TradingTwist, 11 January – U.S. clean energy companies are attempting to overcome a labor shortage that threatens to derail President Joe Biden’s climate change agenda by improving wages and benefits, bringing in trainers from abroad, and considering ideas like buying roofing and electric repair shops just to hire their workers.
According to the White House, the Inflation Reduction Act, which was enacted last year, provides for a projected $370 billion in solar, wind, and electric vehicle subsidies. American households can start using these tax credits on January 1 to improve their home heating systems or install solar panels on their roofs. According to a study conducted by BW Research under contract with The Nature Conservancy, those investments will generate close to 537,000 jobs annually for a decade.
Companies, however, assert that they worry they will find it challenging to fill those positions and that efforts to transition away from fossil fuels may falter given that the unemployment rate in the United States is at a historic low of 3.5%. Although there have been layoff announcements and other indications of a slowdown in the economy, the labor market for renewable energy jobs is still competitive.
“It appears that this growth is fraught with danger. Where are all the people going to be, anyway? “asked Abigail Ross Hopper, head of the trade organization Solar Energy Industries Association.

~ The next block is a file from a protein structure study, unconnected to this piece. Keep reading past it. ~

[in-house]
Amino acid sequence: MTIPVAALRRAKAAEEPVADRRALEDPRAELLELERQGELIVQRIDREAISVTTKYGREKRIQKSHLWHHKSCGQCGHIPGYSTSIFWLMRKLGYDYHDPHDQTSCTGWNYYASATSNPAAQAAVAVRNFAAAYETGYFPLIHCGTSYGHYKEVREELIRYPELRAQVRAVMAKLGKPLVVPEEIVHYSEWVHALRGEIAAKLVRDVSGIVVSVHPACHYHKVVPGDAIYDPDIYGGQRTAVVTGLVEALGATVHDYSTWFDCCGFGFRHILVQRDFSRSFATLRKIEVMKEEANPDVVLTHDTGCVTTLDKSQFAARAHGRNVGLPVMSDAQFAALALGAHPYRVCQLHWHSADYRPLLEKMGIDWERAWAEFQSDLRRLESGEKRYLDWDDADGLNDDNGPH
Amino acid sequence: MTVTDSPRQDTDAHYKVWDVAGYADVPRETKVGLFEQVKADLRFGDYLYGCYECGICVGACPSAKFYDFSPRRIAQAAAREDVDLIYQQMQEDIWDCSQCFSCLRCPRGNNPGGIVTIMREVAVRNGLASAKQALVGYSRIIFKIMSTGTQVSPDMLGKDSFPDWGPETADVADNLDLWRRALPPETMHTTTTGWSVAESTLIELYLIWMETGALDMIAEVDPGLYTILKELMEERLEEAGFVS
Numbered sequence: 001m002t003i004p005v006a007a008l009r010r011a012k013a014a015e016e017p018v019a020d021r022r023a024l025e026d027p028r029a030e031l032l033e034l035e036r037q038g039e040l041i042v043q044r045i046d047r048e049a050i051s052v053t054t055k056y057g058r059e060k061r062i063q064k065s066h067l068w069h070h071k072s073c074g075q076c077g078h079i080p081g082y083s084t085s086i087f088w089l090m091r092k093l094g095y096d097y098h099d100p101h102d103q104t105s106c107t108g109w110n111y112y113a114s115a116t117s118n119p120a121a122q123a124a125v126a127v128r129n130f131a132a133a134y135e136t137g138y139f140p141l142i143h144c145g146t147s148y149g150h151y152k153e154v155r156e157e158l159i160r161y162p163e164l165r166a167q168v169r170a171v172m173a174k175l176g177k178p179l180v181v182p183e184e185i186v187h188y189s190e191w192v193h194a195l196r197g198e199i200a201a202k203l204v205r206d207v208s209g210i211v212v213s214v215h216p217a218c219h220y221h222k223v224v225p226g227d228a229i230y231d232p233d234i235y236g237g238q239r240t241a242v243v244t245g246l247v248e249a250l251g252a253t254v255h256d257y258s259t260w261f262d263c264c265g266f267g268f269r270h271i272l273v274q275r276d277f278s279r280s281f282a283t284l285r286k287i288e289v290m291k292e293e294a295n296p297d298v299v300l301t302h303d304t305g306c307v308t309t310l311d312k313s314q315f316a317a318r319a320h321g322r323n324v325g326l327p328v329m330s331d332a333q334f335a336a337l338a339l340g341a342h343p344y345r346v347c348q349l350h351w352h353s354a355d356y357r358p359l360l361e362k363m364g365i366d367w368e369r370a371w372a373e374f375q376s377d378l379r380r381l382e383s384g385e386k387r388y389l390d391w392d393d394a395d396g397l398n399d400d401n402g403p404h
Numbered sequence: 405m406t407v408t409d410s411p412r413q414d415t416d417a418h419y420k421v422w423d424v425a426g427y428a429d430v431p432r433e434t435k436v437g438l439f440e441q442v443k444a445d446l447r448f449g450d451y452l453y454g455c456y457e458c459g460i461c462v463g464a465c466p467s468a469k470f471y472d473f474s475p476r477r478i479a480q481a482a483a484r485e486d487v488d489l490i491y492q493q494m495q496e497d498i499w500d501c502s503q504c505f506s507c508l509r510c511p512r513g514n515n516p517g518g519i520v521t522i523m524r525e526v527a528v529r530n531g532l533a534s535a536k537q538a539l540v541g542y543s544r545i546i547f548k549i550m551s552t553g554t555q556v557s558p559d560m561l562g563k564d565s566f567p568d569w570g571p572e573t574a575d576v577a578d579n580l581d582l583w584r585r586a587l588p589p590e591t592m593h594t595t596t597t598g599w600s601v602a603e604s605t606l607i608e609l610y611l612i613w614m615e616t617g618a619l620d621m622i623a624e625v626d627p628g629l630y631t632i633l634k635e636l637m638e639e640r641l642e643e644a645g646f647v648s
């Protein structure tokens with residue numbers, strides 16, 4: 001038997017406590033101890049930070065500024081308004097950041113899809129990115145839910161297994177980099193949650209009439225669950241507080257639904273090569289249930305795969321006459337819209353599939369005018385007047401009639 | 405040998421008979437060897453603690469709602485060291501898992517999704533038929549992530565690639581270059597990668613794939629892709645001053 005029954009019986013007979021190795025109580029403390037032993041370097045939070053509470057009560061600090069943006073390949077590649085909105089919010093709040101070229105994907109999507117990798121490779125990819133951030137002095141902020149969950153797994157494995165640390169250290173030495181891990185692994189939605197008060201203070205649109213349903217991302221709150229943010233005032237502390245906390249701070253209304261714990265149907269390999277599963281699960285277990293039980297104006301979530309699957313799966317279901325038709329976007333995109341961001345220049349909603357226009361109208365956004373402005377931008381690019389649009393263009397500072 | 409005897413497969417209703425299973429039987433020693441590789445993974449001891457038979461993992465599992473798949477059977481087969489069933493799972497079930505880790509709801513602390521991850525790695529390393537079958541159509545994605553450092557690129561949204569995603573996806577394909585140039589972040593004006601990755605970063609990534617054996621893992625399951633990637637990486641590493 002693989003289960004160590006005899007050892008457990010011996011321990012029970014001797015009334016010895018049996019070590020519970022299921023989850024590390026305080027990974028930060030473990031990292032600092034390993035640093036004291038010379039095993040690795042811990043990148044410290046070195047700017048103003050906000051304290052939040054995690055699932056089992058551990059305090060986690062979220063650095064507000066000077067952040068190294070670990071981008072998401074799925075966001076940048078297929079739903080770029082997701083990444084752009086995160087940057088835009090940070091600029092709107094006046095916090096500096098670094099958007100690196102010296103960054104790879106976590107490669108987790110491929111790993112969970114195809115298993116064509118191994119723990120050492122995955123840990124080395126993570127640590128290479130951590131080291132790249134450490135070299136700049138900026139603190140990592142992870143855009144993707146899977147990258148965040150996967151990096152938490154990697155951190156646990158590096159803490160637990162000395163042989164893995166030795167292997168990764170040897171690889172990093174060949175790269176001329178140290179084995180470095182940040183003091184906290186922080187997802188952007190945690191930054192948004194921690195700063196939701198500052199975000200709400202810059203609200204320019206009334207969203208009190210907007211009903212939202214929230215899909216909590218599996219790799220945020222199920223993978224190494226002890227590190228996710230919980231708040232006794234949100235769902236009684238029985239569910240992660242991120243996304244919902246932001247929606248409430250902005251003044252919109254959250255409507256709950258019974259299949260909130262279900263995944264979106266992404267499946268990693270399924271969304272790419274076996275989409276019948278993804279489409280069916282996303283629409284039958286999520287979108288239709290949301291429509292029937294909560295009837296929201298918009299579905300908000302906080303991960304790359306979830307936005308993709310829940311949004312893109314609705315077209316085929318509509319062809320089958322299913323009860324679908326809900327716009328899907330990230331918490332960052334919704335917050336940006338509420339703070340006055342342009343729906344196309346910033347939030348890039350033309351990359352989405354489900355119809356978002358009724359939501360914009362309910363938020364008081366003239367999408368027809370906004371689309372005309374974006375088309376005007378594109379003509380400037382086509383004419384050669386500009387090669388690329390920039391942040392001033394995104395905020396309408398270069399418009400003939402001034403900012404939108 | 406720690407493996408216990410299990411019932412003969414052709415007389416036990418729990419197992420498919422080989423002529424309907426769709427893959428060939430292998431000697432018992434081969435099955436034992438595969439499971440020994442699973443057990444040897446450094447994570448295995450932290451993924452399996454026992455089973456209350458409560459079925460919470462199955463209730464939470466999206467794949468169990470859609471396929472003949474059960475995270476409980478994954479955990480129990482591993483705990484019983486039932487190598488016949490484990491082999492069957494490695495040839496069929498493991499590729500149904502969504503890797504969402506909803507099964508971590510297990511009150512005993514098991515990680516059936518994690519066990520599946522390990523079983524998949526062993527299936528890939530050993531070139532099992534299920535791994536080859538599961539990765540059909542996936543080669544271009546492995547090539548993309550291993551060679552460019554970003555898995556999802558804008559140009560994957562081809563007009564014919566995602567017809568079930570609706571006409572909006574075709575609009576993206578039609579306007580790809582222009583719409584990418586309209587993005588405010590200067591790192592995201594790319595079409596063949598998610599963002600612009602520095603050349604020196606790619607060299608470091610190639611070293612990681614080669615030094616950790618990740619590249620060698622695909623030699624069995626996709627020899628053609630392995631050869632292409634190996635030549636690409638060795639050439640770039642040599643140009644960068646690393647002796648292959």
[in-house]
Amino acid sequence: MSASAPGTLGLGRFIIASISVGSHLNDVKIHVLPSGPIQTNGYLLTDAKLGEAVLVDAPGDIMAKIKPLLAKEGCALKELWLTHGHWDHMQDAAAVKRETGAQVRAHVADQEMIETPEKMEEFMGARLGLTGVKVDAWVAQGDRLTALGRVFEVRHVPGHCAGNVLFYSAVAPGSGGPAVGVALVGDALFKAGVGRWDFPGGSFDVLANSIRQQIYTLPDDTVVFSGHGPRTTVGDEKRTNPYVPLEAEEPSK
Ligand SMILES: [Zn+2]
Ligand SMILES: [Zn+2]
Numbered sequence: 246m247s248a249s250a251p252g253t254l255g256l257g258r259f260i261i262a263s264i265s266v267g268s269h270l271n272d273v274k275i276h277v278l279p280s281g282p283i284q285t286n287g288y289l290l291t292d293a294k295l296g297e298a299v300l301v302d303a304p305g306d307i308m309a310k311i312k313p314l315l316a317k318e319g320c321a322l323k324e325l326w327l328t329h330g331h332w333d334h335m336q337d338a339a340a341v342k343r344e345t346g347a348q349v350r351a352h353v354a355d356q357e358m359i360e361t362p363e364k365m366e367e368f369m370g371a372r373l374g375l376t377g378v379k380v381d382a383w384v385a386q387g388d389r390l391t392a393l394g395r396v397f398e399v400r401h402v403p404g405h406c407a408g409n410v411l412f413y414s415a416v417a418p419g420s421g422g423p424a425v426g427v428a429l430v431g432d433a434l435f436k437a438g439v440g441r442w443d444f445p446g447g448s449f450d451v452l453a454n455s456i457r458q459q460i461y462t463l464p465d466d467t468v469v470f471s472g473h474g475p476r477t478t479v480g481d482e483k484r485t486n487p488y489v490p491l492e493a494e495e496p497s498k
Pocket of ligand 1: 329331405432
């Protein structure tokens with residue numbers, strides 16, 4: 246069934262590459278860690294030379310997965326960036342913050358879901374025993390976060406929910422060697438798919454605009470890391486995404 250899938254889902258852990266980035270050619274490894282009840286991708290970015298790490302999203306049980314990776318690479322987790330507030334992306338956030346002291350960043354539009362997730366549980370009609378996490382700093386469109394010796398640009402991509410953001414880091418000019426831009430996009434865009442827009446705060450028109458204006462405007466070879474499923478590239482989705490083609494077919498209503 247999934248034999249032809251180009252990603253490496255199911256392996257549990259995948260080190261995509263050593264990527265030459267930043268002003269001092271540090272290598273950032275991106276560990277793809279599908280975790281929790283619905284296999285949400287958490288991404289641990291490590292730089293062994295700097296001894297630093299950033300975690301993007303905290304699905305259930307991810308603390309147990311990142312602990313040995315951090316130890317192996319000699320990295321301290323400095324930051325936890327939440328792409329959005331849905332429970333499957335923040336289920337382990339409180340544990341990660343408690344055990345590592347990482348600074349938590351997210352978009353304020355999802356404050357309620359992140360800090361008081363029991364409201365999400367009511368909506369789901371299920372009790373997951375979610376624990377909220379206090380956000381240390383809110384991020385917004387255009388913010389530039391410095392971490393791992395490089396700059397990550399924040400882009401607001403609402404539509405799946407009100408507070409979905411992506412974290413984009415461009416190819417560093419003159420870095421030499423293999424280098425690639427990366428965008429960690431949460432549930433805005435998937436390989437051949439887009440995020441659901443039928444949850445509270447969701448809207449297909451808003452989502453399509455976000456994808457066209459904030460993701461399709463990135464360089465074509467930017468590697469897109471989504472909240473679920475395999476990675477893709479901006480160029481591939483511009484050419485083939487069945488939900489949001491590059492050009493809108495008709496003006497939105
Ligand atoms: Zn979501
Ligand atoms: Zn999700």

The manufacture of electric vehicles, batteries, solar panels, and home efficiency systems is predicted to be particularly badly hit by the shortfall, requiring some businesses to adopt innovative new hiring strategies.
“The skill pool in Georgia is not particularly large. However, we are working to make certain of our procedures better in order to better source and keep employees, according to an SK executive who declined to be identified due to the sensitivity of the subject. When you consider how quickly manufacturing had to ramp up to meet the company’s obligations to automakers, Georgia state officials thought the employment of SK was a success.
While SunPower Corp (SPWR.O), a leading national residential solar installer, is actively hiring, Chief Executive Peter Faricy said the company is also considering what he called “crazy ideas” to secure personnel, such as buying other businesses specifically for their employees.
“I’m not proposing that we take this action, but I wanted to give you a sense of the scope of what we’re thinking about.
For instance, should we buy a roofing business and turn them all into solar installers? “Should we purchase an electrical firm and hire 100 electrician workers?” he asked.